Frequently Asked Questions
Winter in Japan is much celebrated, so it’s important to know what to consider during this period, so you won’t get caught unprepared. Here are some of the most frequently asked questions about winter in Japan:
1. Are there any ski resorts in Japan?
Yes, there are many ski resorts in Japan, and they’re some of the best in Asia. The most famous one is Sapporo Snow Festival Resort, located on Mount Moiwa (about 80 kilometers from Sapporo).
Another popular area in Hokkaido is Hakuba, and it offers plenty of snow and open space. Another popular destination for winter travelers is Rusutsu and Niseko.
2. What to do in Onsen?
Make sure to pack warm clothes and head outside to enjoy a variety of activities, such as snow festivals and snowboarding.
3. How many people visit Sumiyoshi Taisha Shrine during New Year?
Over two million people visit the shrine of the Sumiyoshi Taisha in Osaka to welcome the New Year. The beautiful grounds and arched bridge make this shrine an appealing experience with the white winter in the background.
4. Where is Ginzan Onsen?
Ginzan Onsen is a charming town in Yamagata Prefecture, and it used to be a silver mining town. Nowadays, it’s known for its onsen hot springs.
5. How to relax in Japan during winter?
In Japan, there are numerous natural hot springs that provide a relaxing and mineral-rich bath. These waters have been used by the people of the country for hundreds of years to bathe and relax. Some of the locations where outdoor hot springs are available have been referred to as magical places. Take a break from the city and enjoy a day or two in one of these beautiful locations.
6. What do Japanese people do on December 1st?
After a long holiday, Japanese people return home to celebrate the New Year with their families. On the first day, many individuals visit a shrine or temple to pray for good fortune. This ritual, which is known as hatsumode, is a great way to welcome the new year. Most of the attractions in the area will be closed during this period.
7. What happens to restaurants during the New Year’s holiday?
Most attractions and restaurants close their doors for the New Year’s holidays. To avoid disappointment, plan ahead.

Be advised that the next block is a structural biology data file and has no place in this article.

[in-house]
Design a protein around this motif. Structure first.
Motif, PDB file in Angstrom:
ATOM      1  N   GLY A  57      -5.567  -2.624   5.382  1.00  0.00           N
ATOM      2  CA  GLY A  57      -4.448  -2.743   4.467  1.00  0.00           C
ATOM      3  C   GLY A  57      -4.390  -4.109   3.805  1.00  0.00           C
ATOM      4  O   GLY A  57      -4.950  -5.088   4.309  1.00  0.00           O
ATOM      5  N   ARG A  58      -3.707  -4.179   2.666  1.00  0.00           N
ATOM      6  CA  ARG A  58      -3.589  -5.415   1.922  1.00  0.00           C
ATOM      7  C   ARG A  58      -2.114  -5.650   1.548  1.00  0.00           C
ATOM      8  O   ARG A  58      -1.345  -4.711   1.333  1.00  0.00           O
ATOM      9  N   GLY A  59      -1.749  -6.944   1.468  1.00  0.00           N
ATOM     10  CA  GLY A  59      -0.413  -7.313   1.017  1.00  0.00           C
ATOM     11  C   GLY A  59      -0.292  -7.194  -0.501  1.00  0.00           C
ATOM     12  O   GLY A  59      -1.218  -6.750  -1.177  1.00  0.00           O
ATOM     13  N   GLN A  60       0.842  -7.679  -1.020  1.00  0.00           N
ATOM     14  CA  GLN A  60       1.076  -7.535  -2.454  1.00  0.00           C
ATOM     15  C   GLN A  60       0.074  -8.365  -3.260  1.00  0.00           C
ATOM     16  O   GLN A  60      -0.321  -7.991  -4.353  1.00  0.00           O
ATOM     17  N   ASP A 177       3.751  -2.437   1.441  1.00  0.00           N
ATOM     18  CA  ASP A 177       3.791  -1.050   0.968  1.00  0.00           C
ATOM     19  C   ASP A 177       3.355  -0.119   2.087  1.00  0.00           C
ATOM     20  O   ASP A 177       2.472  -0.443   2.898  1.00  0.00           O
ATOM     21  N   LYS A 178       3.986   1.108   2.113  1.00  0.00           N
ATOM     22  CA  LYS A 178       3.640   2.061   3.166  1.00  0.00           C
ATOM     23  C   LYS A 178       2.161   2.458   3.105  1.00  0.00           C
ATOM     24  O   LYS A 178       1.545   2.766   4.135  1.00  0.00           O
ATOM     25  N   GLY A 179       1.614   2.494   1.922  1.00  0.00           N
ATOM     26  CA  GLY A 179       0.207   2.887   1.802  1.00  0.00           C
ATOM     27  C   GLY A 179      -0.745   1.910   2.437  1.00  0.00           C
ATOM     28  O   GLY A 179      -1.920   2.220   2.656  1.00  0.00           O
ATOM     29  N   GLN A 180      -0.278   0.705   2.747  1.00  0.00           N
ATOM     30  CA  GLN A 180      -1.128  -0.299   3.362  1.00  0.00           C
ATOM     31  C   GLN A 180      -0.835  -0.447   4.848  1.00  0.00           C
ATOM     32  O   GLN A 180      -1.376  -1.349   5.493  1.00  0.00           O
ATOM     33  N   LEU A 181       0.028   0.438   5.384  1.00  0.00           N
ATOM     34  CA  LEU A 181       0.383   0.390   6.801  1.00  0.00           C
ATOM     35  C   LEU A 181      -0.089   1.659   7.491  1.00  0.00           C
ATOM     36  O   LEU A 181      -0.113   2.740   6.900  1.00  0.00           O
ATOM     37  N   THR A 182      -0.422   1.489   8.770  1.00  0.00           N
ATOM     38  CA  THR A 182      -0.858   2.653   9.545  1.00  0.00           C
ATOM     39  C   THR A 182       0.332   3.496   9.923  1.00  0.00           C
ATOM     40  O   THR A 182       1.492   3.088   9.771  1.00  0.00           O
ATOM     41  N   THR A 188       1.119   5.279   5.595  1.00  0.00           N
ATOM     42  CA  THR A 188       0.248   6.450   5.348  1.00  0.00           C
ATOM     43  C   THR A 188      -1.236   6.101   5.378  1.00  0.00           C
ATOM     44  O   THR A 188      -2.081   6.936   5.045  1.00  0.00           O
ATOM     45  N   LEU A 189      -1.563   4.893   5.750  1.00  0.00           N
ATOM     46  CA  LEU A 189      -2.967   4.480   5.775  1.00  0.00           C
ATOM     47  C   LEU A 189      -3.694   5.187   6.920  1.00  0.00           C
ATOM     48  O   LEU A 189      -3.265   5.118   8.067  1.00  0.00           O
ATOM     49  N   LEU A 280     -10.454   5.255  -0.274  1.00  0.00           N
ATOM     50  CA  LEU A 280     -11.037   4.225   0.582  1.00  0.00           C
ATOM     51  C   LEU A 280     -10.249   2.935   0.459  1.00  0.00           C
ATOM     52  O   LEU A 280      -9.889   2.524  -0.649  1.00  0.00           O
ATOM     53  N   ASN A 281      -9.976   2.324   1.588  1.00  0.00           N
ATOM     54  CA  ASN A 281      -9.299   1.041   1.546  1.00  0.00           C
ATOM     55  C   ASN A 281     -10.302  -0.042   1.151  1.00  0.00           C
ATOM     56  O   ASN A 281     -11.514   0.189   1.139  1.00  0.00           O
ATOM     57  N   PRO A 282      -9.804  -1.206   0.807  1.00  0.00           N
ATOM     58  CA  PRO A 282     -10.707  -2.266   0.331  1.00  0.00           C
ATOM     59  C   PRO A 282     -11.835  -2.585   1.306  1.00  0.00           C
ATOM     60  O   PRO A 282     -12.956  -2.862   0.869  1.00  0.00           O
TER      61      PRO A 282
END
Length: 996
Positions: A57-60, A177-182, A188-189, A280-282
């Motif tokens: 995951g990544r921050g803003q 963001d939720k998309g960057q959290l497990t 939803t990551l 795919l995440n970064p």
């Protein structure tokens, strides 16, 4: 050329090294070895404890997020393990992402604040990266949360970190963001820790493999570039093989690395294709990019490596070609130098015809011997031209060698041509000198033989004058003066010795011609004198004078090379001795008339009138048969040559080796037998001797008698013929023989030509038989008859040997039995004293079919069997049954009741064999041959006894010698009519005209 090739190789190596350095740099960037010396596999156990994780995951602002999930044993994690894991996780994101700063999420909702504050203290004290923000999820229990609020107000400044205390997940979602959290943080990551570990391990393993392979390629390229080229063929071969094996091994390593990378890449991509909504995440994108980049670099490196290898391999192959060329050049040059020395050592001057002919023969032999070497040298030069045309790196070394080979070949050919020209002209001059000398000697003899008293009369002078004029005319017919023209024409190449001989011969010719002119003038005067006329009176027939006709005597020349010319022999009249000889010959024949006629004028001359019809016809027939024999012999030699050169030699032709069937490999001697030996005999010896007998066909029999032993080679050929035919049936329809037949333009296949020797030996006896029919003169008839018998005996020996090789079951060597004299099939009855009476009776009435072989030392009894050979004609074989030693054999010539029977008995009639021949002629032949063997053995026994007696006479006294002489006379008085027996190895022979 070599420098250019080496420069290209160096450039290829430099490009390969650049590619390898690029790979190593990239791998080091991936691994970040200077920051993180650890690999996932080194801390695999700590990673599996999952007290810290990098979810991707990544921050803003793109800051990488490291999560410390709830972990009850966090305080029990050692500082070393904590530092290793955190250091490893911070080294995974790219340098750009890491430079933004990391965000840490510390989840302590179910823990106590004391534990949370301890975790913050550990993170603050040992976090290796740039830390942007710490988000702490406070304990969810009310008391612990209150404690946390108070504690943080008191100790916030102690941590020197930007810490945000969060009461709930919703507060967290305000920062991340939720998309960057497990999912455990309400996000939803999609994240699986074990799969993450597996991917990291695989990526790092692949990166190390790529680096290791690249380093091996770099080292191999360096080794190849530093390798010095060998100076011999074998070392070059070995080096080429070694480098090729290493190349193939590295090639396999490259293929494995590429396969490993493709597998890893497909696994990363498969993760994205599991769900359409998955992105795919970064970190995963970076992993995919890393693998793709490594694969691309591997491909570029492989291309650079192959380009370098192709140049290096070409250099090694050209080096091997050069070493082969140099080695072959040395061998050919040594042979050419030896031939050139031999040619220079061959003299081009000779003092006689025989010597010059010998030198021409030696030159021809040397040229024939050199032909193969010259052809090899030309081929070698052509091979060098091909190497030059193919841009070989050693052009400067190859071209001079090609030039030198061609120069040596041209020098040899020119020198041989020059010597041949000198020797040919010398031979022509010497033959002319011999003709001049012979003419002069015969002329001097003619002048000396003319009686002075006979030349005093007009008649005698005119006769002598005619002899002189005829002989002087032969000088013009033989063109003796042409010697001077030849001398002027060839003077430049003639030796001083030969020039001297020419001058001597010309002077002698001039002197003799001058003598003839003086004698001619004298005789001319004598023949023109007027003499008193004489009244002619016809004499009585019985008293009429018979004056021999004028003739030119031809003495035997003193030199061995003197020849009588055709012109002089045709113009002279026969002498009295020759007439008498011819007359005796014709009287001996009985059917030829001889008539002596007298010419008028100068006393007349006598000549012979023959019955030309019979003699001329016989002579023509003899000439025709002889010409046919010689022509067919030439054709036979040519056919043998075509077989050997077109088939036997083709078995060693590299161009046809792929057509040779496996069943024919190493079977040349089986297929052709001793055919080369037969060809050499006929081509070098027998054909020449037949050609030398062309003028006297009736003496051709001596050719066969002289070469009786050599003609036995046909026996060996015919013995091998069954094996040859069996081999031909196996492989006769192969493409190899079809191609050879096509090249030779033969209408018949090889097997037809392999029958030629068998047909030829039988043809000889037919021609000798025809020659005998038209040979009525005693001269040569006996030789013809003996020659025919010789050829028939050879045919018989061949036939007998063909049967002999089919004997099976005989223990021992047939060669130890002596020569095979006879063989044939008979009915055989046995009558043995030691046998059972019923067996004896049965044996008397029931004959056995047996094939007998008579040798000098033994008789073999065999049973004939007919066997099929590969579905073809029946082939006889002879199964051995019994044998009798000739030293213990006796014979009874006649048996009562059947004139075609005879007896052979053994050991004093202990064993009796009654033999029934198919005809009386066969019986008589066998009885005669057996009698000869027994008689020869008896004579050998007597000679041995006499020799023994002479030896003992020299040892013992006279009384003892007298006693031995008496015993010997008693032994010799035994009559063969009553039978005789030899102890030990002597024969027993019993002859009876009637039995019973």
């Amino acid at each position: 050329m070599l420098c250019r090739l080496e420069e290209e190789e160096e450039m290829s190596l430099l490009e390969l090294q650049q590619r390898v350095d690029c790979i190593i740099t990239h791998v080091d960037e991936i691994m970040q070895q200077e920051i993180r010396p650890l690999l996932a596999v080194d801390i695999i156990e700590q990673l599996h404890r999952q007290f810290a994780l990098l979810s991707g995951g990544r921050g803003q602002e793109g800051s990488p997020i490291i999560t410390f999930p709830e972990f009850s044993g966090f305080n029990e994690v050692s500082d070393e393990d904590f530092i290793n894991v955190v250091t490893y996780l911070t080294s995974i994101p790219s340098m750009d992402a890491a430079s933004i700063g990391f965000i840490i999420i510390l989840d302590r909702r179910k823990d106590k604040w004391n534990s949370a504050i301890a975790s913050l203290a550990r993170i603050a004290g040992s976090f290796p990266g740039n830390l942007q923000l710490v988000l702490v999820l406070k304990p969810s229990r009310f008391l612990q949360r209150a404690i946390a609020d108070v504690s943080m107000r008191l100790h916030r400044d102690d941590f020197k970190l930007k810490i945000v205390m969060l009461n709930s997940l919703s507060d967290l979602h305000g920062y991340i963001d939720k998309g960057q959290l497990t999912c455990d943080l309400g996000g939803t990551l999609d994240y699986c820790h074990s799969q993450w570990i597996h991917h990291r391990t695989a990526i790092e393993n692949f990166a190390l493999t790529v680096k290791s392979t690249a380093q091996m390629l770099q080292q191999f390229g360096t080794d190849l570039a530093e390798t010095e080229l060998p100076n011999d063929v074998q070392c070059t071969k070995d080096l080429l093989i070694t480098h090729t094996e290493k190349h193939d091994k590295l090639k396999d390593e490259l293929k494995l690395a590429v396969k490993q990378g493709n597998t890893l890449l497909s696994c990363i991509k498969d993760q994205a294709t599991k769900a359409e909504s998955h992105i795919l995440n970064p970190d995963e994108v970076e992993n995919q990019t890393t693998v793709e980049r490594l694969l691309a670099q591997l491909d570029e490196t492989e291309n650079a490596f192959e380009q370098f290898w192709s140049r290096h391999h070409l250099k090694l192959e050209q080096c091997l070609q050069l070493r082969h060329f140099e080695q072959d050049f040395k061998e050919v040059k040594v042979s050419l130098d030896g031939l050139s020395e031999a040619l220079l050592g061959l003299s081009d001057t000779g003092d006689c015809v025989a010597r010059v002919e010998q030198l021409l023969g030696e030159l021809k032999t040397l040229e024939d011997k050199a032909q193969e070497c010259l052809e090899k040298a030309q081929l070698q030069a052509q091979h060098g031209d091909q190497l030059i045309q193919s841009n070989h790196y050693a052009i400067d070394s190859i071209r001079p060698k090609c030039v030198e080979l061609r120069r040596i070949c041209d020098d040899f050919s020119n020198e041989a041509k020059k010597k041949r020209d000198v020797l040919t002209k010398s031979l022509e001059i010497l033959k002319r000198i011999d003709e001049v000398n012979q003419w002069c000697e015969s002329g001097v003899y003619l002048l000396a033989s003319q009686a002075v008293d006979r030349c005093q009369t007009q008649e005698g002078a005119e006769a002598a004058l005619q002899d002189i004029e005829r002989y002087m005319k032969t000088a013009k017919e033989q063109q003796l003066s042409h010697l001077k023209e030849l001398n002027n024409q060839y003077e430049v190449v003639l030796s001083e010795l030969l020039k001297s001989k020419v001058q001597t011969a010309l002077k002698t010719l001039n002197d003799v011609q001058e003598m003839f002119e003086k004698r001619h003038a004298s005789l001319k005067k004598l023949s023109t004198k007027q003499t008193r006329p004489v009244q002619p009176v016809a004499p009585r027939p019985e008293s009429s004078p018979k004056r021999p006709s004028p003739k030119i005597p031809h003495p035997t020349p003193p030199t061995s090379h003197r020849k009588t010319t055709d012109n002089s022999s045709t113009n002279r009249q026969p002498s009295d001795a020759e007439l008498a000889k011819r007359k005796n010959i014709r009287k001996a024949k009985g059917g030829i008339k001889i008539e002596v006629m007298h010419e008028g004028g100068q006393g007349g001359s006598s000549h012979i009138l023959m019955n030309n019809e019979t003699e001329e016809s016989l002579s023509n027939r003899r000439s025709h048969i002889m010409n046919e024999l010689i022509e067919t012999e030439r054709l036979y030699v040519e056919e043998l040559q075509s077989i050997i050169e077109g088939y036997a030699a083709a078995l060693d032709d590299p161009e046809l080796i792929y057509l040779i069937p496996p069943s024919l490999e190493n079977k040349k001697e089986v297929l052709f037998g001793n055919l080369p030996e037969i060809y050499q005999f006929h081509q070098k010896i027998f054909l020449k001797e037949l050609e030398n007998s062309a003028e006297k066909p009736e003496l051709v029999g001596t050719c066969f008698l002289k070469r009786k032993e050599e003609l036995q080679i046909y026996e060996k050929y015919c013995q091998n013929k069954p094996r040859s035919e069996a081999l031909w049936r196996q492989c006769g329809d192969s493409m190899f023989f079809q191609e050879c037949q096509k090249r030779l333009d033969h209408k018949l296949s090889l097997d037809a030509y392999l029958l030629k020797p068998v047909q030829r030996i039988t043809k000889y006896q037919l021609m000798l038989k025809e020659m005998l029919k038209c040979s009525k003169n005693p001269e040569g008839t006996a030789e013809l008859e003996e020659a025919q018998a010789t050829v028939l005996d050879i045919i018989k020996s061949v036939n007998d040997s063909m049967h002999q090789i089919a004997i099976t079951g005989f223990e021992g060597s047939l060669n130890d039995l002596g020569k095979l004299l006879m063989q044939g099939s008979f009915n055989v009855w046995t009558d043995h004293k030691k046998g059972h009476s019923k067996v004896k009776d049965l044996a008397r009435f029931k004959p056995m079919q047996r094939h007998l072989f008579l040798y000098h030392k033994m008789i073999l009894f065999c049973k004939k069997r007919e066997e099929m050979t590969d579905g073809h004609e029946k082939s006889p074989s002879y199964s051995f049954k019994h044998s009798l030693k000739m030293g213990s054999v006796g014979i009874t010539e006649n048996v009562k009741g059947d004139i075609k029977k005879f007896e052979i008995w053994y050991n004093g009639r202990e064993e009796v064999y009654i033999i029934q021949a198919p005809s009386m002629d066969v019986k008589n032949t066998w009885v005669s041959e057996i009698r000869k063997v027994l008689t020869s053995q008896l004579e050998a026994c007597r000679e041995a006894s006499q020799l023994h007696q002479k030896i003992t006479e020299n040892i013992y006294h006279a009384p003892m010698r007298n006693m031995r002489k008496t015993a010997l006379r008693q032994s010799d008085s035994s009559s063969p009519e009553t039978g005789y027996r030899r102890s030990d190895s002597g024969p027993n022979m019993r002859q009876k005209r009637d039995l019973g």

8. What is the best place to visit in Japan in winter?
Also known as Little Kyoto, in winter, is the city of Takayama, which is rich in history and features well-preserved Edo period buildings. It also has various local foods, such as wasakana, wasaki, and Hida beef, which is a rival to the more expensive Wagyu beef.
Winter in Japan is a season for enjoying the wonders of the country’s natural beauty. From the snow-covered mountain ranges to the frozen lakes, from famous hot springs to classic Japanese cultural experiences, there is plenty waiting for you as you browse through this list of winter experiences.
Thanks to the cold temperatures and snowfall, you can catch a glimpse of some breathtaking views as you travel through Japan during winter. From the colorful illumination of Japanese temples and shrines during the holidays to snow-covered parks during Christmas, and from hot springs called onsens to skiing at some of the best ski mountaineering resorts in the world, there are plenty of wonderful sights to see throughout this beautiful country—and it doesn’t matter if you’re going there for work or for pleasure.
We hope you enjoyed reading this guide, and found some helpful ideas to make your visit in the country more memorable, even during the cold winter period. Feel free to share this blog with friends and family, especially those who are planning to visit Japan during the winter months. If you have any questions or tips of your own, please comment below!